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Deep Water (Movie Review)


The Film


Director Adrian Lyne turns in a rather pedestrian erotic thriller in which neither of the leads is fully fleshed out or spends much time in the sack as viewers are treated to a story about a wandering wife that ultimately disappoints.

Director Adrian Lyne has not made many films, but nearly half of his output are erotic thrillers like Fatal Attraction, Indecent Proposal, and Unfaithful. Of note, Deep Water is Lyne’s first film in nearly two decades and the lead actors, Ben Affleck and Ana de Armas became romantically involved during the filming that stretched out over two years.  Screenwriters Zach Helm and Sam Levinson adapted Patricia Highsmith’s novel of the same name.

Vic Van Allen (Affleck) lives with his wife Melinda Van Allen (de Armas) and daughter, Trixie (Grace Jenkins) in a small rural Louisiana town. Vic retired at an early age thanks to a large sum of money he received from creating guidance chips for drones. Unfortunately, the spark has gone out of the Van Allen’s marriage and, by agreeing not to divorce Vic, Melinda is allowed to have other lovers, the latest of which is a musician Joel Dash (Brendan C. Miller). When Vic gets alone with Joel and lies to him that he murdered Martin McRae, Melinda’s previous lover (not true), Dash gets scared off. Melinda next takes up with piano teacher Charlie De Lisle (Jacob Elordi) who drowns during a pool party at the home of Vic’s friend Jonas Fernandez (Dash Mihok). Melinda believes that Vic killed Charlie and has another of their friends, the writer Don Wilson (Tracy Letts) help her hire a private detective, a move that backfires on Don.

The final straw is Melinda’s “reunion” with a college sweetheart Tony Cameron (Finn Wittrock). Vic who has become pathologically jealous of Melinda’s affairs decides that enough is enough and the pace of this film finally picks up speed to its somewhat surprising denouement.

You would think that a director as experienced as Adrian Lyne is in this film genre would be able to generate a pulse-pounding film with a surfeit of explicit sex, but his latest effort generally disappoints in both respects. Even the title is somewhat ambiguous since the only “deep water” on the screen is in the deep end of a swimming pool. Because there is virtually no backstory about the relationship between Vic and Melinda, viewers will have to piece together what the emotionless engineer—rather like the persona Affleck portrayed in The Accountant– and the randy but vacuous young housewife ever had going for them except for an adorable young daughter played by scene-stealer Grace Jenkins. It is also unclear how Vic cultivated any of his friends with a personality so devoid of human interest. There is little opportunity to generate much sympathy for either of these lead characters and, with an ending far different from that of the Highsmith novel, you are left with an “is that all there is” feeling when the curtain falls. I wish that Lyne and his scriptwriters had made some dramatic use of the snails that Vic cultivates since these little critters return to the screen at least three times. If you want to see Lyne at his best, revisit Fatal Attraction and pass this one by.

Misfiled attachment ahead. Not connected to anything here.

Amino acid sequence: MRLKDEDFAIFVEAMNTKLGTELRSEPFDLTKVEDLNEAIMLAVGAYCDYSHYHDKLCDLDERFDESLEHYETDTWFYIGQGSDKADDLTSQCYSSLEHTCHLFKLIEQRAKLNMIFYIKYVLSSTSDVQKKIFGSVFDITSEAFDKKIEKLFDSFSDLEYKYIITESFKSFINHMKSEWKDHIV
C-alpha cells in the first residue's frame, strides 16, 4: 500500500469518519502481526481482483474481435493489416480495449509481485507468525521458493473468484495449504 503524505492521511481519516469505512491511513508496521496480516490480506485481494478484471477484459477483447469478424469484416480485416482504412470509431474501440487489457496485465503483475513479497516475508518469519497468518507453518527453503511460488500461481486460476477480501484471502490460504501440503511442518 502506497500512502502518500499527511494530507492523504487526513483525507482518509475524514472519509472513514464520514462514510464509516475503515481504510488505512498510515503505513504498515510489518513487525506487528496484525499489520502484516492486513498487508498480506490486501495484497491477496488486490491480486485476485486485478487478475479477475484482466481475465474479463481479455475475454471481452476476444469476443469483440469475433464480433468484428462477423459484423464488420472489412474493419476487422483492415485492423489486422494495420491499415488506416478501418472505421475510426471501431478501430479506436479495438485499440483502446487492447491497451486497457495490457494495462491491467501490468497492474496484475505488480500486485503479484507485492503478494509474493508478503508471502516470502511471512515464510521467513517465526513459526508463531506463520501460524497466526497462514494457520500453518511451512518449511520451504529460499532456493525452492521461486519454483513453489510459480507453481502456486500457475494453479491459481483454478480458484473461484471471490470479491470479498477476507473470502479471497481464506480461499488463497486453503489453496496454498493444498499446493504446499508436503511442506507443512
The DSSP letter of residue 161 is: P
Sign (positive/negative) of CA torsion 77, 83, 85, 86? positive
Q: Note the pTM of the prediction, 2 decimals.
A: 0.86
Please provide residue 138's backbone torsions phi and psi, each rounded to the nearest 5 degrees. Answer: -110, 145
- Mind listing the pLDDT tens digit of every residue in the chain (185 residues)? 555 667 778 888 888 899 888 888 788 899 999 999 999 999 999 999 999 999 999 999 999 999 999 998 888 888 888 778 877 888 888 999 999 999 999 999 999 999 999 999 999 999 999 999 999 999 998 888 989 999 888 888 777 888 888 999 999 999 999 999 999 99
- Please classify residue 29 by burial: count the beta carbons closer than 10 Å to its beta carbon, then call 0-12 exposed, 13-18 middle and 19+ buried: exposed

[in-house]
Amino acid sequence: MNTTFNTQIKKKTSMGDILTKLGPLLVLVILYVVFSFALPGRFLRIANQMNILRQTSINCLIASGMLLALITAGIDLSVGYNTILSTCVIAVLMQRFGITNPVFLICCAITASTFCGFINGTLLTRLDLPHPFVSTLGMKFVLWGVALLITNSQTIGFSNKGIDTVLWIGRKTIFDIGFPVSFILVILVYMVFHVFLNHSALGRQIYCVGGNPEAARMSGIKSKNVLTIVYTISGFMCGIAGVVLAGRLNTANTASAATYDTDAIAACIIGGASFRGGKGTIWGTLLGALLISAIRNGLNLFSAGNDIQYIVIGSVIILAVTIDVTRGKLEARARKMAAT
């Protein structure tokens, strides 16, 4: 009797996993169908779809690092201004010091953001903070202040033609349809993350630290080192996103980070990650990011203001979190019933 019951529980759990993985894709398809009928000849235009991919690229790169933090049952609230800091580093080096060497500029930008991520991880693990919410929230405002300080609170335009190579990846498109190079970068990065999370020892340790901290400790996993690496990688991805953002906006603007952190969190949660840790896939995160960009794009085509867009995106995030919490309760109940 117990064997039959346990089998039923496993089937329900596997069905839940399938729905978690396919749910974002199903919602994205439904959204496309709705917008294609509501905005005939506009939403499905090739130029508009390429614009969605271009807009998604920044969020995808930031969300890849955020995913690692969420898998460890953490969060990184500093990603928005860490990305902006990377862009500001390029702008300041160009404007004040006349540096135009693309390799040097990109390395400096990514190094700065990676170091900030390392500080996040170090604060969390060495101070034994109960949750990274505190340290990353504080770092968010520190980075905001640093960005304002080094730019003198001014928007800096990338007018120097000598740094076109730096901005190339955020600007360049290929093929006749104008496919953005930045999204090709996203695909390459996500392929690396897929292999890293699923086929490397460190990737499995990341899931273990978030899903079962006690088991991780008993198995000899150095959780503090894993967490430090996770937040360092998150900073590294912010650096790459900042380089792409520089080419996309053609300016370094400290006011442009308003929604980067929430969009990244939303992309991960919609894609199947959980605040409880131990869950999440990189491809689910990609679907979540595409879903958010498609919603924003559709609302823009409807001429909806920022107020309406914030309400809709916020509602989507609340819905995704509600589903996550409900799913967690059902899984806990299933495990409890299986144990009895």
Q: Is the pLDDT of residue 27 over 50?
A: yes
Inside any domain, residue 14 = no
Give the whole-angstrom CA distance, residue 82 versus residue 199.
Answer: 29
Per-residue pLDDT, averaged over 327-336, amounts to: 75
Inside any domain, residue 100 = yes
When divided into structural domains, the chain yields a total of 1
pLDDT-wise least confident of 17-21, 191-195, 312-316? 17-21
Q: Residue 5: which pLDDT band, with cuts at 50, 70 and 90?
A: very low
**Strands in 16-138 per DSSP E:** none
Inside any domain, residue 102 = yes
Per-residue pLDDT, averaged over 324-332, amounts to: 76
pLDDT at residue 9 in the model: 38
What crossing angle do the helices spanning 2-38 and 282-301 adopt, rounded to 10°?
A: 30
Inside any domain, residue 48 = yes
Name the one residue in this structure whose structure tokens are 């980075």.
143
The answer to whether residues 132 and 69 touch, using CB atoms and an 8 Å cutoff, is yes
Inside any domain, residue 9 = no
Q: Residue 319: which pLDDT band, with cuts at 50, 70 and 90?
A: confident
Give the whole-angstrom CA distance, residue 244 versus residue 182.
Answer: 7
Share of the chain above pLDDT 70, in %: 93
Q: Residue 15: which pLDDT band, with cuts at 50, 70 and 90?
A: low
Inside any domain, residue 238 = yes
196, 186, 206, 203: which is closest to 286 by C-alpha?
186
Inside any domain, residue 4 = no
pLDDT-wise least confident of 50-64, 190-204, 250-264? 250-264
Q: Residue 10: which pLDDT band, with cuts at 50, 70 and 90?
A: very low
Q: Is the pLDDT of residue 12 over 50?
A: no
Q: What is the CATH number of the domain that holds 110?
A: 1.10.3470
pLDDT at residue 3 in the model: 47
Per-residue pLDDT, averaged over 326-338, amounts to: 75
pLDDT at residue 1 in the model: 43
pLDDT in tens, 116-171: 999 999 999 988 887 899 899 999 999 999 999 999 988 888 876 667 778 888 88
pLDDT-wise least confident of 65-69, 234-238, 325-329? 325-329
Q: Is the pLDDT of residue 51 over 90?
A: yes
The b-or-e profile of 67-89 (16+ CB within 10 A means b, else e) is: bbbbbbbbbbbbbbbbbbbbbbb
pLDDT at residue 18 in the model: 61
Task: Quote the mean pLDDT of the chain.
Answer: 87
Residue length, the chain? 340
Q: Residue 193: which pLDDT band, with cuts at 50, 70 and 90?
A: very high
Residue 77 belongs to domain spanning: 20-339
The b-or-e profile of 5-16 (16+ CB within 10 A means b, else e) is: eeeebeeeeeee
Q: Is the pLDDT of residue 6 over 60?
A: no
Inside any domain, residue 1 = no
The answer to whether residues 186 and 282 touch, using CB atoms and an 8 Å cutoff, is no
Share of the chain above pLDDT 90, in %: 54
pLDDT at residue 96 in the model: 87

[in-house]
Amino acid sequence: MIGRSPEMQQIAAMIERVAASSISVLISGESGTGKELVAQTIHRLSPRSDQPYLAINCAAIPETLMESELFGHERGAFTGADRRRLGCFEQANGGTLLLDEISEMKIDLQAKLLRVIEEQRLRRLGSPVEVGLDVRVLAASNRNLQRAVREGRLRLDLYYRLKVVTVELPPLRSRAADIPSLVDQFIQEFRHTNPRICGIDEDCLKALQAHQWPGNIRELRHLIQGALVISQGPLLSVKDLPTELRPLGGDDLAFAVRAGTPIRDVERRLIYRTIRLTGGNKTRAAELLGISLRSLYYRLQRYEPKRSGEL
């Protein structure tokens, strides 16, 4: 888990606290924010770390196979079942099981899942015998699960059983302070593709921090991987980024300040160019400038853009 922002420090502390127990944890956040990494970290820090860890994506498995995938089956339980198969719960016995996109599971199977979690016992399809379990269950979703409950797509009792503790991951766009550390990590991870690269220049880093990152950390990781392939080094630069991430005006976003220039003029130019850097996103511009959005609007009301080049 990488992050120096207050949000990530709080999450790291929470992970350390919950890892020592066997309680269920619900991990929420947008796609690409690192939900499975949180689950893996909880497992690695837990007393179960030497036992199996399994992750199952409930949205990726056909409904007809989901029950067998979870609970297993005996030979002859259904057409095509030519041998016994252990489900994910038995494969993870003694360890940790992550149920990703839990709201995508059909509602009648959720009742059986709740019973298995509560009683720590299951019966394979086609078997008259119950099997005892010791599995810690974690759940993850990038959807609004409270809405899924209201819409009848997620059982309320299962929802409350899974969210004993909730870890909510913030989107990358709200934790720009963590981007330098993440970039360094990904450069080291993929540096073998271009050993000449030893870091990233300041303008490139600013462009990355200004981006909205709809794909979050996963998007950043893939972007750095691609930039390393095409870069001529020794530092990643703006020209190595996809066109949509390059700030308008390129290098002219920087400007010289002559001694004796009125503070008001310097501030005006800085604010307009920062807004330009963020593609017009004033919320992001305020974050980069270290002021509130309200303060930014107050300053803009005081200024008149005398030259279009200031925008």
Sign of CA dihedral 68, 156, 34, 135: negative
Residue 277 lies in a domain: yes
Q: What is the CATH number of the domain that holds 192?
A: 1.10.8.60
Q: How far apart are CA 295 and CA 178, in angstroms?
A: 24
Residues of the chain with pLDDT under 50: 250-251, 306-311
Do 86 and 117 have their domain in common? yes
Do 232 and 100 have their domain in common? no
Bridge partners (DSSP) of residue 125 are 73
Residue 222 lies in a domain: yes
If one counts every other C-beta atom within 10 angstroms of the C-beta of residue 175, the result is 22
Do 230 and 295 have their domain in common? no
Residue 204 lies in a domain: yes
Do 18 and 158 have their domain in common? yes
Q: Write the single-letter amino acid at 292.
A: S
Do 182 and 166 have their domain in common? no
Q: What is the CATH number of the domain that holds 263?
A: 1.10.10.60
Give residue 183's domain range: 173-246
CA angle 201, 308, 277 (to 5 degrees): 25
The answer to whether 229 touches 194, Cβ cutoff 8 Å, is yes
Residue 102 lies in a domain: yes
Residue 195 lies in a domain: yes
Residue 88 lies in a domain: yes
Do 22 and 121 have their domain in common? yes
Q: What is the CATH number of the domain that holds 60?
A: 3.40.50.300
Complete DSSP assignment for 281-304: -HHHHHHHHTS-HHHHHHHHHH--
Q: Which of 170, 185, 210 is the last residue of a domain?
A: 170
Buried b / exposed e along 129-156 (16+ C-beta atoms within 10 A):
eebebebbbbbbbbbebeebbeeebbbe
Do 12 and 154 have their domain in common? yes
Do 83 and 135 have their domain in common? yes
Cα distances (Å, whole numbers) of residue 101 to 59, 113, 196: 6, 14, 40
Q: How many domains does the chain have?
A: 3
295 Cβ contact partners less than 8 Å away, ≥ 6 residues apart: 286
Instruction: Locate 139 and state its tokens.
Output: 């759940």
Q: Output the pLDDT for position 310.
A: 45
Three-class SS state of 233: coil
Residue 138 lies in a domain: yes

Deep Water is streaming now on Hulu

  • Rating Certificate: R (for sexual content, nudity, language and some violence)
  • Studios & Distributors: 20th Century Studios | Regency Enterprises | Entertainment One | New Regency | Keep Your Head | Entertainment 360 | Film Rites | Hulu
  • Country: USA
  • Language: English
  • Run Time: 115 Mins.
  • Aspect Ratio: 1.85:1
  • Director: Adrian Lyne
  • Written By: Zach Helm | Sam Levinson
  • Release Date: 18 March 2022

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Director Adrian Lyne turns in a rather pedestrian erotic thriller in which neither of the leads is fully fleshed out or spends much time in the sack as viewers are treated to a story about a wandering wife that ultimately disappoints.Deep Water (Movie Review)